In the 2011 article, the scientists showed that one of the drugs most often used in patients with infarction to promote vasodilation – nitroglycerin – further inhibits the activity of ALDH2, accelerating the process of cardiac cell death. However, experiments in rats indicated that the harmful effects of nitroglycerin could be neutralized if Alda-1 is administered simultaneously (read more at: http://agencia.fapesp.br/en/14974).
In a recently published review in the journal Physiological Reviews, the groups from Stanford and USP present an extensive discussion of the role of ALDH2 and the potential treatment opportunities for substances capable of activating the expression of this enzyme.
“Because the aldehydes are able to enter the bloodstream and bind to proteins from distant organs, our hypothesis is that treatment with Alda-1 could prevent the ripple effect that normally occurs in patients with heart failure and that affects other organs,” Ferreira said.
In comparing blood samples from healthy individuals and patients with heart failure, Ferreira’s group observed three times as many circulating aldehydes in the latter group. “We estimate that the level in the heart is 10 times higher,” the researcher said.
Under the coordination of Daria Mochly-Rosen, a professor in the Department of Chemical and Systems Biology of Stanford, the US group established the startup company Aldea Pharmaceuticals in an attempt to make Alda-1 – still an experimental drug – into a commercial product.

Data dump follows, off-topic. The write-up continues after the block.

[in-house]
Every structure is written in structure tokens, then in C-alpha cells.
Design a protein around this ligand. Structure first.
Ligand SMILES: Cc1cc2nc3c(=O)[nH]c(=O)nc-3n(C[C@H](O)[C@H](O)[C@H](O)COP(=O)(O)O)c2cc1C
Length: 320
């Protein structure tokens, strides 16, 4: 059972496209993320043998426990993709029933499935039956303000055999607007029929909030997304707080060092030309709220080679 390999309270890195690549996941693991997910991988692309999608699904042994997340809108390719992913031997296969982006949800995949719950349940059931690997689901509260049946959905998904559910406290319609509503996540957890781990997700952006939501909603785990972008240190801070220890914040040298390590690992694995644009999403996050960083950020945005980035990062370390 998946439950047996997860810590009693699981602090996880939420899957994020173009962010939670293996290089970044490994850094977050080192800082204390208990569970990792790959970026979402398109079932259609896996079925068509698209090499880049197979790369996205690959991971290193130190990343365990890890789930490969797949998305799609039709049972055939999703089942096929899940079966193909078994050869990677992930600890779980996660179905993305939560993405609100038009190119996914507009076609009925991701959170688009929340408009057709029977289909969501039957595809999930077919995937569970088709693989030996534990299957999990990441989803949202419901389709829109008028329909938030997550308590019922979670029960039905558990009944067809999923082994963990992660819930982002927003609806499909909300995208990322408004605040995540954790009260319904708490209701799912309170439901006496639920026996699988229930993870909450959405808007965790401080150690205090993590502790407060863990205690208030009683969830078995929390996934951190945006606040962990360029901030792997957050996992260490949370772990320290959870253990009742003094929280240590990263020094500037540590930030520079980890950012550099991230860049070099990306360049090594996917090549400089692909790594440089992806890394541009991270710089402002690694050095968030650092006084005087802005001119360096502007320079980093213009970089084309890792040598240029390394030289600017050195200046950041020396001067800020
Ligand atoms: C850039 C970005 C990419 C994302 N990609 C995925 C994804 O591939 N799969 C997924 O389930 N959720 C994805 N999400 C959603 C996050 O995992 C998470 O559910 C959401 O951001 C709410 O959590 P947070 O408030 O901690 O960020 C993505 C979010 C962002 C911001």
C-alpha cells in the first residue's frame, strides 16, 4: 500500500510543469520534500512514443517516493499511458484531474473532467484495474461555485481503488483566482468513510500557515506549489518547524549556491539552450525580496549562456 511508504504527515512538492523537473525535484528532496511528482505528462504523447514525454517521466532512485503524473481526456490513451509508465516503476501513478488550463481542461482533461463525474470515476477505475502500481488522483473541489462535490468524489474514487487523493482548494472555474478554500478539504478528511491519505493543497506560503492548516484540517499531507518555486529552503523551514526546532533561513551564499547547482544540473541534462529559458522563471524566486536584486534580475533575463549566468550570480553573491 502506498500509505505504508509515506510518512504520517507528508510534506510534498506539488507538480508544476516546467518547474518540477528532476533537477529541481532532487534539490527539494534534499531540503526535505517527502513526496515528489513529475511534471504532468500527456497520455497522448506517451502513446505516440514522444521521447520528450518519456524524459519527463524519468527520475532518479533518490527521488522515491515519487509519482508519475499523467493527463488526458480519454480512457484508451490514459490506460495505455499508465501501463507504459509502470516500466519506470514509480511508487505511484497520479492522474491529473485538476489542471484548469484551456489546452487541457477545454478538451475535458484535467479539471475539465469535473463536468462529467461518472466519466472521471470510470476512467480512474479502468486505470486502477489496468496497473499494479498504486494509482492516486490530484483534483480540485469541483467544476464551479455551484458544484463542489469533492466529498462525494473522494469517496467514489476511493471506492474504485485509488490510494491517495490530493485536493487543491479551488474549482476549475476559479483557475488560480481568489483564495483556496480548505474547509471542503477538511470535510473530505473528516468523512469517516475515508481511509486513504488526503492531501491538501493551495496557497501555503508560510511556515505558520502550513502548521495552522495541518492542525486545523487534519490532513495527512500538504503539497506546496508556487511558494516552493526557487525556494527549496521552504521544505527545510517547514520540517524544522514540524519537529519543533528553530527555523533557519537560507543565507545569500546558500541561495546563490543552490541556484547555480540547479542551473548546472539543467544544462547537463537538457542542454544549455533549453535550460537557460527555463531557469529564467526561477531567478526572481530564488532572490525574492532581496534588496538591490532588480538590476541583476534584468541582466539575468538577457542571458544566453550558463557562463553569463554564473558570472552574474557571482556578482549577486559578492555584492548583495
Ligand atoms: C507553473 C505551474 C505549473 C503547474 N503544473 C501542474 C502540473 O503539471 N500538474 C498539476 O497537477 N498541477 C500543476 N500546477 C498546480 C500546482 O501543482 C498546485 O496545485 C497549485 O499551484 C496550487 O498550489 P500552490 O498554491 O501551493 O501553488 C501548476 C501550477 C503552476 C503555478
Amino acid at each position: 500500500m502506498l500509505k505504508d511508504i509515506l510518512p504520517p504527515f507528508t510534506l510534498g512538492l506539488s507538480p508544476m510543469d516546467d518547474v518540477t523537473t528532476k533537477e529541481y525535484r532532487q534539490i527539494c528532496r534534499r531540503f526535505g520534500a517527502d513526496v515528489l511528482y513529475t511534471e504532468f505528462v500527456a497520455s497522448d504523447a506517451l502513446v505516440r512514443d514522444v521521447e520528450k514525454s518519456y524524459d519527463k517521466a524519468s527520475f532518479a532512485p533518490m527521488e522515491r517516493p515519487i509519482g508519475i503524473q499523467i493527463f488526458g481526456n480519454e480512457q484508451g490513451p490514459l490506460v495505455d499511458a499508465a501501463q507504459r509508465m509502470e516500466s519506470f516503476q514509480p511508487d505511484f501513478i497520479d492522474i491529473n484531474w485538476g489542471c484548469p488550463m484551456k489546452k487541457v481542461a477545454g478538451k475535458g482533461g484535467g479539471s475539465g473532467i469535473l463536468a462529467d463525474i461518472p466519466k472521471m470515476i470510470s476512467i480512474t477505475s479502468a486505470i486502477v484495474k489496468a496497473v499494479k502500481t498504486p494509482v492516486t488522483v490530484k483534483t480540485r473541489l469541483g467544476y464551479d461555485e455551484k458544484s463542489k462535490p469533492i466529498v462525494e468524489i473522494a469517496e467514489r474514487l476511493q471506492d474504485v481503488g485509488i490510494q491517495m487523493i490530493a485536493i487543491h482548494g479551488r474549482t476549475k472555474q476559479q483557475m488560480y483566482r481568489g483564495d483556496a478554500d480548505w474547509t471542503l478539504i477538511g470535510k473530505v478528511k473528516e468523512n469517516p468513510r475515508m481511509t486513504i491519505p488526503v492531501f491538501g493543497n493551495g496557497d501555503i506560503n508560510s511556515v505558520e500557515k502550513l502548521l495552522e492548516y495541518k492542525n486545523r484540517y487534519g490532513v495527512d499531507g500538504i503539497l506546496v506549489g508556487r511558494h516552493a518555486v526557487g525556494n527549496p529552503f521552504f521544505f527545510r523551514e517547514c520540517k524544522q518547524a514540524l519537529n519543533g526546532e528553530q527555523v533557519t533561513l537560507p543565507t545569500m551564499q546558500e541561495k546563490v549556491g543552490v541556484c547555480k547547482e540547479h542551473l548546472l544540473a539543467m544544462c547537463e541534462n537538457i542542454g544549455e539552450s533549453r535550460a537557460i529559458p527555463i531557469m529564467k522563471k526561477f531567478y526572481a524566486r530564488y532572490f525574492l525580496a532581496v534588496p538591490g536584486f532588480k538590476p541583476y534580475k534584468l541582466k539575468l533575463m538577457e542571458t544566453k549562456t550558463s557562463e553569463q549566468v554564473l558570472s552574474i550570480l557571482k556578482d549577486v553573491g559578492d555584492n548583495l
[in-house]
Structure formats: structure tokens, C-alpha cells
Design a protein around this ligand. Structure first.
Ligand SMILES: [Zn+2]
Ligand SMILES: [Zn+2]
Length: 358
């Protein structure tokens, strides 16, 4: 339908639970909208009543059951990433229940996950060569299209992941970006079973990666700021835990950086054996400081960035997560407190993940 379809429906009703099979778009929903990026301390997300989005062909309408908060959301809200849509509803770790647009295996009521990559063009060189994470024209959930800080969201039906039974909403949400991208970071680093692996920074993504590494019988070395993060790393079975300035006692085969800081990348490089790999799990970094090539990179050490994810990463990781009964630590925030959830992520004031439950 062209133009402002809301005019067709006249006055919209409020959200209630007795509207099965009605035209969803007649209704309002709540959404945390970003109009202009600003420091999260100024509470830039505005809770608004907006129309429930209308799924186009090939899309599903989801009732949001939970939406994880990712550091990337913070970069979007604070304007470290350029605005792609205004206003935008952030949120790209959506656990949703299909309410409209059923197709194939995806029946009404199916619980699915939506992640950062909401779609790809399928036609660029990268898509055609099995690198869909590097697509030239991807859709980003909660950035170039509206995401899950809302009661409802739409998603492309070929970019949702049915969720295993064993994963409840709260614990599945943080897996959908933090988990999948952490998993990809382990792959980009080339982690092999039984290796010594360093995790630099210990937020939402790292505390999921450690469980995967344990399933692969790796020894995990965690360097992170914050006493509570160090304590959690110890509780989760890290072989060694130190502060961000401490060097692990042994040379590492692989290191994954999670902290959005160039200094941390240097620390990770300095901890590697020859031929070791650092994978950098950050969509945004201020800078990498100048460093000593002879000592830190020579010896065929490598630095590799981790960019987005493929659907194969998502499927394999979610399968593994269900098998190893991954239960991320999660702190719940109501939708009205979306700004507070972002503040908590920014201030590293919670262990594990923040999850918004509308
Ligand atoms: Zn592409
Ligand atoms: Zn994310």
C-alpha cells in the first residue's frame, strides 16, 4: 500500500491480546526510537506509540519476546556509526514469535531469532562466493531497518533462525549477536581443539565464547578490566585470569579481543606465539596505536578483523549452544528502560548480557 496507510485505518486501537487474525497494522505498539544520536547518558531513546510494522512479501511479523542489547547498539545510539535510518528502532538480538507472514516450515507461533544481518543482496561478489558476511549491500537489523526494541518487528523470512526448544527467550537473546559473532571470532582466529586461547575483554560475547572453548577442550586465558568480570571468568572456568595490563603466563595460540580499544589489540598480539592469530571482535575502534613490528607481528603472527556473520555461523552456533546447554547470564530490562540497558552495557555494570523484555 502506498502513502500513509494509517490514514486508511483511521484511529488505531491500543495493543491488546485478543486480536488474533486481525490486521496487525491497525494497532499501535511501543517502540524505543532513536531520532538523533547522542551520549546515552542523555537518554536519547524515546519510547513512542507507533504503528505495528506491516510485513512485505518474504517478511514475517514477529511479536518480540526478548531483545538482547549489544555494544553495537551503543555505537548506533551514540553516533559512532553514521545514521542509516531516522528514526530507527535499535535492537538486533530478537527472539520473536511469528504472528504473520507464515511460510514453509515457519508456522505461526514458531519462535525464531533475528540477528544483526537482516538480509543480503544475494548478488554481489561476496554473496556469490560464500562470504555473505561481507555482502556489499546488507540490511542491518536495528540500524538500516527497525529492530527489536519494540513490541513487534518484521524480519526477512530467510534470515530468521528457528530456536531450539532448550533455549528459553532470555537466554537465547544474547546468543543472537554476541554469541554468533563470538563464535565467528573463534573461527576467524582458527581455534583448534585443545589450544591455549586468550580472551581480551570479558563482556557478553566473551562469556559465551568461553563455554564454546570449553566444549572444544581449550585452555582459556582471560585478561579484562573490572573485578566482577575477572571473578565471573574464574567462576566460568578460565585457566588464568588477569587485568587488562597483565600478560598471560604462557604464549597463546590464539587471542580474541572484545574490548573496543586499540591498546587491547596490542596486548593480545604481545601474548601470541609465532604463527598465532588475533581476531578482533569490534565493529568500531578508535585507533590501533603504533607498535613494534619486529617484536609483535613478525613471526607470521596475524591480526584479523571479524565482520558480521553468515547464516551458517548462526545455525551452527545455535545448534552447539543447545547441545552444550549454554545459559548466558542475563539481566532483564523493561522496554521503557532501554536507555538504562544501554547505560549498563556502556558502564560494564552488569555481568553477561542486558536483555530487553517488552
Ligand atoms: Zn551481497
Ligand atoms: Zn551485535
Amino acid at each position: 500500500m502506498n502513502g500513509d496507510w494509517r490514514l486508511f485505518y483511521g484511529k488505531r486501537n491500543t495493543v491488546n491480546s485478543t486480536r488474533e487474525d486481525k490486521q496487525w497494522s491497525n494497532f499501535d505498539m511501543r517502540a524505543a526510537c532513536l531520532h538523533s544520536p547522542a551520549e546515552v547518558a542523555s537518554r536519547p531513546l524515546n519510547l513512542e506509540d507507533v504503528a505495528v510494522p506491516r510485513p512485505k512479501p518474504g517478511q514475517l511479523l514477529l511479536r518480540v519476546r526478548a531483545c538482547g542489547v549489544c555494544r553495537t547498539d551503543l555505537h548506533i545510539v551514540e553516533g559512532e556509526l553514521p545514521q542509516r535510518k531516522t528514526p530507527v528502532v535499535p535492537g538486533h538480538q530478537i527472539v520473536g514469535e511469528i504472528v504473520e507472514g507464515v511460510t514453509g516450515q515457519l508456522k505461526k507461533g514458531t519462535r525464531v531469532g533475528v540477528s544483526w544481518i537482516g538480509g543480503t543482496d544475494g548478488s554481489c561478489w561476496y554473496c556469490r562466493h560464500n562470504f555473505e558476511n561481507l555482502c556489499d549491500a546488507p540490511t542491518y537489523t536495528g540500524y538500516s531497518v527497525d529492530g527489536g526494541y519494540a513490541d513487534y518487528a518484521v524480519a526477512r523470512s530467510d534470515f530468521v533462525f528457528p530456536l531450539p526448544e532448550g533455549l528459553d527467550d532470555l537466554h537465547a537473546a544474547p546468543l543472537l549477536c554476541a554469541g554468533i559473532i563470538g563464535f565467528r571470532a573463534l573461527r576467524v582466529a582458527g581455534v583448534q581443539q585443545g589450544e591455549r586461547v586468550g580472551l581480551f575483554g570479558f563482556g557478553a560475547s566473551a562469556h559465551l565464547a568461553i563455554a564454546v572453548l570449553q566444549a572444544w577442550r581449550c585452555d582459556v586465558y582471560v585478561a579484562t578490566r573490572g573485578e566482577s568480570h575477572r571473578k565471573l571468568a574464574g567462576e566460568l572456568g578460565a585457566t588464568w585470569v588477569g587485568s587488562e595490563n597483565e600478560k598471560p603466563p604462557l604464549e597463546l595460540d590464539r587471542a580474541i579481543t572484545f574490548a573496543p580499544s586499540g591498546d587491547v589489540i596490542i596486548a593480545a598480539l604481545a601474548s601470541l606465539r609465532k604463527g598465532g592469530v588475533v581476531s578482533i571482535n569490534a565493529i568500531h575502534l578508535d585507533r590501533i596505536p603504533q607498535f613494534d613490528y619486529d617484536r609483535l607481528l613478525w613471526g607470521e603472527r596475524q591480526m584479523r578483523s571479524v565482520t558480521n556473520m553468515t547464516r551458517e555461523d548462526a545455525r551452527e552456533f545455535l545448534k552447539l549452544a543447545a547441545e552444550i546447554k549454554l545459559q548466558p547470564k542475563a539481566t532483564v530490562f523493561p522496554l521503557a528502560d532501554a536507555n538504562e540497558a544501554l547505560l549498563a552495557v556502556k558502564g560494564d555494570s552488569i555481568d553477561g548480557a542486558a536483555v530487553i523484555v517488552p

“They ended up obtaining private financing to begin Phase 1 clinical testing, which is basically designed to assess the toxicity of the molecule in healthy individuals. If the tests are successful, they may be authorized to conduct tests on carriers of a particular disease,” Ferreira explained.
Initially, however, the focus of Aldea – which involves no Brazilians – will not be patients with heart failure; instead, the company will focus on carriers of a mutation in the ALDH2 gene that affects 600,000,000 people worldwide (45% of the Asian population, the world’s most common mutation) and that makes them susceptible to the harmful effects of alcohol – a substance that when metabolized releases large amounts of aldehydes.
“This mutation reduces ALDH2 activity up to 95%. People with this mutation are at an increased risk of developing diseases associated with alcohol, such as stomach cancer. And even if they don’t drink, they face an increased risk of suffering from cardiovascular and neuronal diseases because of their difficulty getting rid of aldehydes.” Alda-1 is able to increase the activity of the mutant ALDH2 ten times over, presenting a huge therapeutic potential for individuals with the mutation,” Ferreira explained.
Aldea is also expected to test the effectiveness of the Alda-1 molecule at preventing problems that arise from excessive alcohol consumption and in the emergency treatment of patients with alcoholic coma. According to Ferreira, cardiac disease is another line in which the startup company plans to invest in the future.
“The Stanford researchers are conducting a series of studies to optimize the molecule by modifying its structure to make it more soluble and less toxic and to have a more prolonged effect. We have a contract to test these variants in models in our laboratory,” Ferreira said.Republish